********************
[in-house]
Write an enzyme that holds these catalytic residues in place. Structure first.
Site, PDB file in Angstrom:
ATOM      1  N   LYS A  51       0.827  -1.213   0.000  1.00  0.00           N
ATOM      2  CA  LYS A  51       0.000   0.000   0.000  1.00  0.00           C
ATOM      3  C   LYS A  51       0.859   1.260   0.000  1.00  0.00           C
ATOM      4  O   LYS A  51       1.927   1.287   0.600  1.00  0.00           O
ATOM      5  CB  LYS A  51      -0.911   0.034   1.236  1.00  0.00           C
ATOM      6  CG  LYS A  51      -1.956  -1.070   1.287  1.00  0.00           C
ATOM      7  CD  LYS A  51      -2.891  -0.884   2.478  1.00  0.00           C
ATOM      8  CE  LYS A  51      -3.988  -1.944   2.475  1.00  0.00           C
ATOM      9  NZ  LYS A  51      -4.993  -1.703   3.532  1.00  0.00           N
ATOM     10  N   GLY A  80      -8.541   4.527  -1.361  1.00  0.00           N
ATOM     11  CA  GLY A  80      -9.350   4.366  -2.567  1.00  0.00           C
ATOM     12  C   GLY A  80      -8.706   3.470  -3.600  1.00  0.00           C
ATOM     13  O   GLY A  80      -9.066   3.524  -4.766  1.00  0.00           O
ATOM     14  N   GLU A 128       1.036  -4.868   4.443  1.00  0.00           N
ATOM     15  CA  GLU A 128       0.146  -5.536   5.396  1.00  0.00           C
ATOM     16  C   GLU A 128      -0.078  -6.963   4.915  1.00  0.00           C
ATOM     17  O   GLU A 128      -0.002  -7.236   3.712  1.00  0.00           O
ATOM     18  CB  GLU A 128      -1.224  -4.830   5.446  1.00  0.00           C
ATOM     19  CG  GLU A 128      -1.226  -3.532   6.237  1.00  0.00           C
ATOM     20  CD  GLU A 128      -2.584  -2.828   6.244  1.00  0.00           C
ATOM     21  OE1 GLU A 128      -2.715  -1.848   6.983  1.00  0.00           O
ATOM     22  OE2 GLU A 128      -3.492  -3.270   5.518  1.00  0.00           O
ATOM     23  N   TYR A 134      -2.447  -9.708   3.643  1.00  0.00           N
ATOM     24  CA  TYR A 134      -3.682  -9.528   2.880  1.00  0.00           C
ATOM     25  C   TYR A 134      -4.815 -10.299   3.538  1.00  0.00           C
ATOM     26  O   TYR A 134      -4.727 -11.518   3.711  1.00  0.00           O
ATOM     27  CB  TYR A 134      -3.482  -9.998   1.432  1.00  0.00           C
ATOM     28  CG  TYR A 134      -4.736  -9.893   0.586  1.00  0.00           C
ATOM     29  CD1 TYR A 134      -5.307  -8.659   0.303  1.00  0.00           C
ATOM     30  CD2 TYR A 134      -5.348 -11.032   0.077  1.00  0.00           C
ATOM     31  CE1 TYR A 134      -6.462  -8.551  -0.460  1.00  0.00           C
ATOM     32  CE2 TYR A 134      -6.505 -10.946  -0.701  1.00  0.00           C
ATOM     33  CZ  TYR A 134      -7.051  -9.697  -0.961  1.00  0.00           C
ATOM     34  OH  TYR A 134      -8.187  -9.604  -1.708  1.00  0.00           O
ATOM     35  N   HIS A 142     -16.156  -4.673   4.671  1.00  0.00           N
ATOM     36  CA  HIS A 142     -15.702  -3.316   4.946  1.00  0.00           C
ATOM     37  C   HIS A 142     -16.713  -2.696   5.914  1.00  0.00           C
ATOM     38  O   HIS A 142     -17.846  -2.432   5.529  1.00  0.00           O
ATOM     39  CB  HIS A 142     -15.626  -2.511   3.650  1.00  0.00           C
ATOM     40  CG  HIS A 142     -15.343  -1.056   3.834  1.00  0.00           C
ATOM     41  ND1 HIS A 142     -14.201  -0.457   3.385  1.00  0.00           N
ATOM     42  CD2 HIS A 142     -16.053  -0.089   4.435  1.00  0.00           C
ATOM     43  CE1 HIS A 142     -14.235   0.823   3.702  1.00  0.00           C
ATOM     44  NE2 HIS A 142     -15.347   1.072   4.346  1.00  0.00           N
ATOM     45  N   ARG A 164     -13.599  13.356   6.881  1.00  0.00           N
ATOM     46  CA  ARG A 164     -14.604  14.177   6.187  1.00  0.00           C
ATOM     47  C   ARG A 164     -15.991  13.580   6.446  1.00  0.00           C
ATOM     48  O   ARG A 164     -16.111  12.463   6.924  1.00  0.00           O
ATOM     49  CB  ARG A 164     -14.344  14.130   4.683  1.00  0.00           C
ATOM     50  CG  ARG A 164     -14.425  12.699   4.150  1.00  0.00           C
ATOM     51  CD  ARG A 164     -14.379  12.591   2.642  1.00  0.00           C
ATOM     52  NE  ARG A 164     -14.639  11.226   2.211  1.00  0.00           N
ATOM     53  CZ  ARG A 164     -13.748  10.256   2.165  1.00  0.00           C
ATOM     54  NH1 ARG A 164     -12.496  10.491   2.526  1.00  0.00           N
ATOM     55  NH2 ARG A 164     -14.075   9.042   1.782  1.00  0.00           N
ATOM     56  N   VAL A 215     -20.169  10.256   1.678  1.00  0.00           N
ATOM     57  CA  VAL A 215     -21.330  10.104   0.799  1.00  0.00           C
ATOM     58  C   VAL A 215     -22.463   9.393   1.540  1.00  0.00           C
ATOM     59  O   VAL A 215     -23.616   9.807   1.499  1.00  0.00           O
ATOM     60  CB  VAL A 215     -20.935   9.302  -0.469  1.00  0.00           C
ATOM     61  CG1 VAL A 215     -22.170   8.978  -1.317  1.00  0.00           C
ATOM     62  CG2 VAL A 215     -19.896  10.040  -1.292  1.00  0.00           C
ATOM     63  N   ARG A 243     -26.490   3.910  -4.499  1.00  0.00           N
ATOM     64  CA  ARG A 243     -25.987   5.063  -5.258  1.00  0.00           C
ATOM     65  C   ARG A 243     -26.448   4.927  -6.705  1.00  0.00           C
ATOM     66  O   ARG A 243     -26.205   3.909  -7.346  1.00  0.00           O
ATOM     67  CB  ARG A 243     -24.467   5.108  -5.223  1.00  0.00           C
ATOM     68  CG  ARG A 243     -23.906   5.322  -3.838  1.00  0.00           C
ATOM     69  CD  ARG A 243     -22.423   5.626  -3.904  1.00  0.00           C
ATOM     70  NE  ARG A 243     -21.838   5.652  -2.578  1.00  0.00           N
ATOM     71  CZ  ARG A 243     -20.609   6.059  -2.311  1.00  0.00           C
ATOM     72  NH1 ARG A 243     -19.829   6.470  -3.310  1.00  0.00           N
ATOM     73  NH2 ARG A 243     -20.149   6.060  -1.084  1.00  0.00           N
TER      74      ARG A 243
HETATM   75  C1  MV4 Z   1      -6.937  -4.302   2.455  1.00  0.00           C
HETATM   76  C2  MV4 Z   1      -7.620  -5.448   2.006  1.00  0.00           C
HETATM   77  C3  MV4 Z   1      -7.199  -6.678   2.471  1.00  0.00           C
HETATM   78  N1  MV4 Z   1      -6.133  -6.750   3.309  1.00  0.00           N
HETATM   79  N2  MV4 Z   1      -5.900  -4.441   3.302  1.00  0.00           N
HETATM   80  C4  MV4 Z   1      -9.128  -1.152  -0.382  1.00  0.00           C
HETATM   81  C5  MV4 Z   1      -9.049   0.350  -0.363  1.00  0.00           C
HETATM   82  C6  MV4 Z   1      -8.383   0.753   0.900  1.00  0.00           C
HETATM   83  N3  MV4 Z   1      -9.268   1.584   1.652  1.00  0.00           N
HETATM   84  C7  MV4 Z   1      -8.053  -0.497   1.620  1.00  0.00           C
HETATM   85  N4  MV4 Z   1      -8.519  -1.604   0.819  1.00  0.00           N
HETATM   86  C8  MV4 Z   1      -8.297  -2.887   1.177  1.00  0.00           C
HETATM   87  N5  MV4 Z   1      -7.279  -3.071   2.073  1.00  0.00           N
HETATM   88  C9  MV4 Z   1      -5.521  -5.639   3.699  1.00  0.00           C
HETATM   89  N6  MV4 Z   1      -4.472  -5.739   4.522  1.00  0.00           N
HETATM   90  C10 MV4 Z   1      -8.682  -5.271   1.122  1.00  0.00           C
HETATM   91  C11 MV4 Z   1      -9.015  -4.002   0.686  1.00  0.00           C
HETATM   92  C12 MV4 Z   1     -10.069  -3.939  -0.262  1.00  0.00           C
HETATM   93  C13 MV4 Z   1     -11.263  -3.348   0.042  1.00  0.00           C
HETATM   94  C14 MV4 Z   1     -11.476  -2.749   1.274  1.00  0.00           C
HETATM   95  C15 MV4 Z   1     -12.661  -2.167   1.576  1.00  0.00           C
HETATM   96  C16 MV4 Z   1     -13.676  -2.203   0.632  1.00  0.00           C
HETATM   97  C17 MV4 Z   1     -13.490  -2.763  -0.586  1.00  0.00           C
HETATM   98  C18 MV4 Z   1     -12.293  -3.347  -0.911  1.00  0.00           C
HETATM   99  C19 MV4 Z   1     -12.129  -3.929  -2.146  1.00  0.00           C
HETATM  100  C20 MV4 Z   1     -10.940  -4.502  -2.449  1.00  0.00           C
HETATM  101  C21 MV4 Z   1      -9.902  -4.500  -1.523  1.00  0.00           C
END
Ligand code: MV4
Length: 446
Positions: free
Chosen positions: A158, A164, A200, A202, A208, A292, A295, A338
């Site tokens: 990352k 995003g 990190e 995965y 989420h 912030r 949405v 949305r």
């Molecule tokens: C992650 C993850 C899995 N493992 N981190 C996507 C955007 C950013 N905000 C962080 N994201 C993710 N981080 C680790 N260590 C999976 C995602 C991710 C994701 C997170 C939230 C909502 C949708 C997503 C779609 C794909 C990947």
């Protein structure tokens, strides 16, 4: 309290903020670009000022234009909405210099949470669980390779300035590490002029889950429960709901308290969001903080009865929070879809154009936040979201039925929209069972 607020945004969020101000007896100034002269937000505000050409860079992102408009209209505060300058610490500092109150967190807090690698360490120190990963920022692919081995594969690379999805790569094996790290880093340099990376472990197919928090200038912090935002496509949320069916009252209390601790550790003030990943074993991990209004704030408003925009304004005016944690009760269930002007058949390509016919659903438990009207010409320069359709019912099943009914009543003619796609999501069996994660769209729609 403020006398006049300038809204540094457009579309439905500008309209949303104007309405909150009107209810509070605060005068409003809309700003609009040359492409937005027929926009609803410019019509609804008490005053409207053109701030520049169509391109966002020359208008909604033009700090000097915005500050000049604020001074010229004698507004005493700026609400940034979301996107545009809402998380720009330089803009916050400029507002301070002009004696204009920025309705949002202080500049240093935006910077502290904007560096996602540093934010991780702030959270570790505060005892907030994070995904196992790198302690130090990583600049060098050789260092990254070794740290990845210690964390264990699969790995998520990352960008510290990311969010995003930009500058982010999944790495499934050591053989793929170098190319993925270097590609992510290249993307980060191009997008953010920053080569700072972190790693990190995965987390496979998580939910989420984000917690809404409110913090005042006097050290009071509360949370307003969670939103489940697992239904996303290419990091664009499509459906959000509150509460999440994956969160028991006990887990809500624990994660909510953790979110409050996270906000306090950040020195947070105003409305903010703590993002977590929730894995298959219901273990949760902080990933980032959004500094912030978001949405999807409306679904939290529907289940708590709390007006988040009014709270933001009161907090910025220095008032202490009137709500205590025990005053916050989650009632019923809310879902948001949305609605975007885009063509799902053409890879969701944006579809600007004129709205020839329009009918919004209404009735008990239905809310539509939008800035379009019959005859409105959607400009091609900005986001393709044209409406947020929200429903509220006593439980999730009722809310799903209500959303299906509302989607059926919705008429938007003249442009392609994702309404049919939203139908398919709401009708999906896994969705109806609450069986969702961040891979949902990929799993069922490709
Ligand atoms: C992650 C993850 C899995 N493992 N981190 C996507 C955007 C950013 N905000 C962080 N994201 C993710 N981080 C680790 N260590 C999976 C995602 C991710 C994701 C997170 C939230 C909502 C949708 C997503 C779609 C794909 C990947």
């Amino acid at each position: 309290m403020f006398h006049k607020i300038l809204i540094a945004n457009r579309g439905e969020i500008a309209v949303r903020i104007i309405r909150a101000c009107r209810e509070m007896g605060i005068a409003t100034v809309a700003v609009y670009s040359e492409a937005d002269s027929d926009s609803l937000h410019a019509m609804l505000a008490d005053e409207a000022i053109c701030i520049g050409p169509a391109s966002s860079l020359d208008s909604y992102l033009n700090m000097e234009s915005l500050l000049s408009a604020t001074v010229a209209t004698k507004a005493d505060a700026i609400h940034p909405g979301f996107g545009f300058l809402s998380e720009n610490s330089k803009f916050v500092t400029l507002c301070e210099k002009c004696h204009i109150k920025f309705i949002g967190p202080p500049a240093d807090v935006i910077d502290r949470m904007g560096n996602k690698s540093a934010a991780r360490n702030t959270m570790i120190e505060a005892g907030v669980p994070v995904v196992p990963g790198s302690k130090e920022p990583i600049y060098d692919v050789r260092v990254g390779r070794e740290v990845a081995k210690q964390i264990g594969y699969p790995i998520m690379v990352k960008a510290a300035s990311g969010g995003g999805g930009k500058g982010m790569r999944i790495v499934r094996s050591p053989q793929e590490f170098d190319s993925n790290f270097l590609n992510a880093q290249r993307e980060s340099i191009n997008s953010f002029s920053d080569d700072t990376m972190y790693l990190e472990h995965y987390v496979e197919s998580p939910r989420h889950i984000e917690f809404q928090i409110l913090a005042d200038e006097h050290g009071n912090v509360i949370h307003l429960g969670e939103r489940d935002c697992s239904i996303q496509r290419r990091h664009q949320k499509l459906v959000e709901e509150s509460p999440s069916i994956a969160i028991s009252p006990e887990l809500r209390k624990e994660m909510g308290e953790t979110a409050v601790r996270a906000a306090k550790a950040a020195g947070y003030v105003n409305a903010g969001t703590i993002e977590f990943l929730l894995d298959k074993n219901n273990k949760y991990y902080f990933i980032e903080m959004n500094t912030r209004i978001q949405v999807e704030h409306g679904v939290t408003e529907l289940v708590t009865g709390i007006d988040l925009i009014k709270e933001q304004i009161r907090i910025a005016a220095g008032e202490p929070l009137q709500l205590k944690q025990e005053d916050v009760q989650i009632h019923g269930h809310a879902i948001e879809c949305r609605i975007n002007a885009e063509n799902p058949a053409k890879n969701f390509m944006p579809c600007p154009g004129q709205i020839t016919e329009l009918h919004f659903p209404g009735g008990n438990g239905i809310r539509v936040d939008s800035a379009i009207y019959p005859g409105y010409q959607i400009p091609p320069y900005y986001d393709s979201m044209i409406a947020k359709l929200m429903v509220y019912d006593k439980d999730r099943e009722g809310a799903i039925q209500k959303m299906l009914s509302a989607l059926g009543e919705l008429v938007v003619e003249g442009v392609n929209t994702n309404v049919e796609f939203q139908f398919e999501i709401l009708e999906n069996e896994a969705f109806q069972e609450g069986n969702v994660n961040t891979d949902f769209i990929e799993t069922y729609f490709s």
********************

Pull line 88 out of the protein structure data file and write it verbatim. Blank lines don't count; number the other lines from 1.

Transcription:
HETATM   85  N4  MV4 Z   1      -8.519  -1.604   0.819  1.00  0.00           N